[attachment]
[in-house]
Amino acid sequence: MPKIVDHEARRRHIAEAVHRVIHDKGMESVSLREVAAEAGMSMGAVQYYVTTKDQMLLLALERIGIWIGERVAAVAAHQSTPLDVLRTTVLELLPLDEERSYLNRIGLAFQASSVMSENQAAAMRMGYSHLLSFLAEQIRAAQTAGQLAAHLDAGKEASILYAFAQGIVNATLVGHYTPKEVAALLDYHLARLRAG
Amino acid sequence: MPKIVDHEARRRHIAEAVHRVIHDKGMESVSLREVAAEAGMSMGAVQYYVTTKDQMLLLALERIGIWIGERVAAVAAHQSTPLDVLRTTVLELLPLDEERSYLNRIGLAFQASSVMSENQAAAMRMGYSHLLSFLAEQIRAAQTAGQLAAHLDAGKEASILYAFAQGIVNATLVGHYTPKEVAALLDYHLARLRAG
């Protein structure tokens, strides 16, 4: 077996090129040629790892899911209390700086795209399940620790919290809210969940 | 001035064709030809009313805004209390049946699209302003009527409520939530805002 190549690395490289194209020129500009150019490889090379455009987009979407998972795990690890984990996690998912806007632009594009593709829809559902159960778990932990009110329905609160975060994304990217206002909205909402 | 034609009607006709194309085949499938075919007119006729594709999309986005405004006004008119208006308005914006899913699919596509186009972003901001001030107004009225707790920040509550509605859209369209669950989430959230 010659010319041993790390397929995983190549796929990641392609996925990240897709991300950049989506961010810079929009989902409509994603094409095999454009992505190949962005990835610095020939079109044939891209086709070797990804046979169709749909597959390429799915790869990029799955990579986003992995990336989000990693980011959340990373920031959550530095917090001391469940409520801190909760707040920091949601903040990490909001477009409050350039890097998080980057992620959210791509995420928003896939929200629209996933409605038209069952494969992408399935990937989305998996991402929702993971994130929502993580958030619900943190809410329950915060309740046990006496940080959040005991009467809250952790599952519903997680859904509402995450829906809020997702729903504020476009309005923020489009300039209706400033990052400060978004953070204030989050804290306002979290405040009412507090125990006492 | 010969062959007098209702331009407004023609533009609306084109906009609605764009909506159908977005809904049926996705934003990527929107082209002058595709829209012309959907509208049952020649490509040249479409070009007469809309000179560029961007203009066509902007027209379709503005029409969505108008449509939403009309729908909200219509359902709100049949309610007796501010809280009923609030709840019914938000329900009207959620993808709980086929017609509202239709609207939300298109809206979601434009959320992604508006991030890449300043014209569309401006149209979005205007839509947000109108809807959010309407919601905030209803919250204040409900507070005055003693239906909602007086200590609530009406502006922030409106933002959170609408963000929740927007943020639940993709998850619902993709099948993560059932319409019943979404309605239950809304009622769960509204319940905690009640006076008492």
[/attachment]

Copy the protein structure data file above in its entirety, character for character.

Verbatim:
[in-house]
Amino acid sequence: MPKIVDHEARRRHIAEAVHRVIHDKGMESVSLREVAAEAGMSMGAVQYYVTTKDQMLLLALERIGIWIGERVAAVAAHQSTPLDVLRTTVLELLPLDEERSYLNRIGLAFQASSVMSENQAAAMRMGYSHLLSFLAEQIRAAQTAGQLAAHLDAGKEASILYAFAQGIVNATLVGHYTPKEVAALLDYHLARLRAG
Amino acid sequence: MPKIVDHEARRRHIAEAVHRVIHDKGMESVSLREVAAEAGMSMGAVQYYVTTKDQMLLLALERIGIWIGERVAAVAAHQSTPLDVLRTTVLELLPLDEERSYLNRIGLAFQASSVMSENQAAAMRMGYSHLLSFLAEQIRAAQTAGQLAAHLDAGKEASILYAFAQGIVNATLVGHYTPKEVAALLDYHLARLRAG
């Protein structure tokens, strides 16, 4: 077996090129040629790892899911209390700086795209399940620790919290809210969940 | 001035064709030809009313805004209390049946699209302003009527409520939530805002 190549690395490289194209020129500009150019490889090379455009987009979407998972795990690890984990996690998912806007632009594009593709829809559902159960778990932990009110329905609160975060994304990217206002909205909402 | 034609009607006709194309085949499938075919007119006729594709999309986005405004006004008119208006308005914006899913699919596509186009972003901001001030107004009225707790920040509550509605859209369209669950989430959230 010659010319041993790390397929995983190549796929990641392609996925990240897709991300950049989506961010810079929009989902409509994603094409095999454009992505190949962005990835610095020939079109044939891209086709070797990804046979169709749909597959390429799915790869990029799955990579986003992995990336989000990693980011959340990373920031959550530095917090001391469940409520801190909760707040920091949601903040990490909001477009409050350039890097998080980057992620959210791509995420928003896939929200629209996933409605038209069952494969992408399935990937989305998996991402929702993971994130929502993580958030619900943190809410329950915060309740046990006496940080959040005991009467809250952790599952519903997680859904509402995450829906809020997702729903504020476009309005923020489009300039209706400033990052400060978004953070204030989050804290306002979290405040009412507090125990006492 | 010969062959007098209702331009407004023609533009609306084109906009609605764009909506159908977005809904049926996705934003990527929107082209002058595709829209012309959907509208049952020649490509040249479409070009007469809309000179560029961007203009066509902007027209379709503005029409969505108008449509939403009309729908909200219509359902709100049949309610007796501010809280009923609030709840019914938000329900009207959620993808709980086929017609509202239709609207939300298109809206979601434009959320992604508006991030890449300043014209569309401006149209979005205007839509947000109108809807959010309407919601905030209803919250204040409900507070005055003693239906909602007086200590609530009406502006922030409106933002959170609408963000929740927007943020639940993709998850619902993709099948993560059932319409019943979404309605239950809304009622769960509204319940905690009640006076008492």